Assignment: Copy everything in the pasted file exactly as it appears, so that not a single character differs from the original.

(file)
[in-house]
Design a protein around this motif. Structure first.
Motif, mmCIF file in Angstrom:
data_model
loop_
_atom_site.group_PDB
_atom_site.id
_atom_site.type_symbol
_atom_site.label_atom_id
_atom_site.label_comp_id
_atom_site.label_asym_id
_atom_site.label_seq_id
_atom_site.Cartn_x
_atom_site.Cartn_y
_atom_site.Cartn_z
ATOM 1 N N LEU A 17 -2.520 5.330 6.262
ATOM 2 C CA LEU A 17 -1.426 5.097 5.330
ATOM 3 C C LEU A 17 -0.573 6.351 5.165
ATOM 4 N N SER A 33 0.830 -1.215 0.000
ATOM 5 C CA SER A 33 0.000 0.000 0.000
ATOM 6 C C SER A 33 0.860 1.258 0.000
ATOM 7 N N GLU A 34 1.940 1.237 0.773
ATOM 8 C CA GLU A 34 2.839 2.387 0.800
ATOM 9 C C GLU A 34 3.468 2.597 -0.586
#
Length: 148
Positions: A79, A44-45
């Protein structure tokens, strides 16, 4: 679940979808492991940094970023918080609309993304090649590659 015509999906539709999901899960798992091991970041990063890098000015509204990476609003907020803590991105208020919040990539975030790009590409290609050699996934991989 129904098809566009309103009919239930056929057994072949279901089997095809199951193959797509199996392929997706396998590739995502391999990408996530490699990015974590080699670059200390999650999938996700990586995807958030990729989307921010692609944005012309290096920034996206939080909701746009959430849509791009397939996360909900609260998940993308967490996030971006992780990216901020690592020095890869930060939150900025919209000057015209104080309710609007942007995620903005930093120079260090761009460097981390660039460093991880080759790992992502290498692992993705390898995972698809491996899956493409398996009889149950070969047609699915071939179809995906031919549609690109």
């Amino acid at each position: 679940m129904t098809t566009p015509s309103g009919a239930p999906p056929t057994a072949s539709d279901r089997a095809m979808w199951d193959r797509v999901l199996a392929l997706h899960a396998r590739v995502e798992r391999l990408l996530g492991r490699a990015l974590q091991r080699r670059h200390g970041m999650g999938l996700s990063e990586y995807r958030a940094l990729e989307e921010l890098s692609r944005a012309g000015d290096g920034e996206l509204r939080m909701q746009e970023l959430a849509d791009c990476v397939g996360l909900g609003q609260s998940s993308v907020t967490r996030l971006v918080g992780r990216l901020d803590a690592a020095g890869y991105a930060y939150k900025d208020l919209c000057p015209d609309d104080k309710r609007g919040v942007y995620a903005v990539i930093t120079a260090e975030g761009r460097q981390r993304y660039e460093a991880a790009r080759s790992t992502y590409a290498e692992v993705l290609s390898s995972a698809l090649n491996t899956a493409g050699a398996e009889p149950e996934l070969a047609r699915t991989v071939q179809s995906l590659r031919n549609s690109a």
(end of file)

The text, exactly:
[in-house]
Design a protein around this motif. Structure first.
Motif, mmCIF file in Angstrom:
data_model
loop_
_atom_site.group_PDB
_atom_site.id
_atom_site.type_symbol
_atom_site.label_atom_id
_atom_site.label_comp_id
_atom_site.label_asym_id
_atom_site.label_seq_id
_atom_site.Cartn_x
_atom_site.Cartn_y
_atom_site.Cartn_z
ATOM 1 N N LEU A 17 -2.520 5.330 6.262
ATOM 2 C CA LEU A 17 -1.426 5.097 5.330
ATOM 3 C C LEU A 17 -0.573 6.351 5.165
ATOM 4 N N SER A 33 0.830 -1.215 0.000
ATOM 5 C CA SER A 33 0.000 0.000 0.000
ATOM 6 C C SER A 33 0.860 1.258 0.000
ATOM 7 N N GLU A 34 1.940 1.237 0.773
ATOM 8 C CA GLU A 34 2.839 2.387 0.800
ATOM 9 C C GLU A 34 3.468 2.597 -0.586
#
Length: 148
Positions: A79, A44-45
């Protein structure tokens, strides 16, 4: 679940979808492991940094970023918080609309993304090649590659 015509999906539709999901899960798992091991970041990063890098000015509204990476609003907020803590991105208020919040990539975030790009590409290609050699996934991989 129904098809566009309103009919239930056929057994072949279901089997095809199951193959797509199996392929997706396998590739995502391999990408996530490699990015974590080699670059200390999650999938996700990586995807958030990729989307921010692609944005012309290096920034996206939080909701746009959430849509791009397939996360909900609260998940993308967490996030971006992780990216901020690592020095890869930060939150900025919209000057015209104080309710609007942007995620903005930093120079260090761009460097981390660039460093991880080759790992992502290498692992993705390898995972698809491996899956493409398996009889149950070969047609699915071939179809995906031919549609690109």
């Amino acid at each position: 679940m129904t098809t566009p015509s309103g009919a239930p999906p056929t057994a072949s539709d279901r089997a095809m979808w199951d193959r797509v999901l199996a392929l997706h899960a396998r590739v995502e798992r391999l990408l996530g492991r490699a990015l974590q091991r080699r670059h200390g970041m999650g999938l996700s990063e990586y995807r958030a940094l990729e989307e921010l890098s692609r944005a012309g000015d290096g920034e996206l509204r939080m909701q746009e970023l959430a849509d791009c990476v397939g996360l909900g609003q609260s998940s993308v907020t967490r996030l971006v918080g992780r990216l901020d803590a690592a020095g890869y991105a930060y939150k900025d208020l919209c000057p015209d609309d104080k309710r609007g919040v942007y995620a903005v990539i930093t120079a260090e975030g761009r460097q981390r993304y660039e460093a991880a790009r080759s790992t992502y590409a290498e692992v993705l290609s390898s995972a698809l090649n491996t899956a493409g050699a398996e009889p149950e996934l070969a047609r699915t991989v071939q179809s995906l590659r031919n549609s690109a």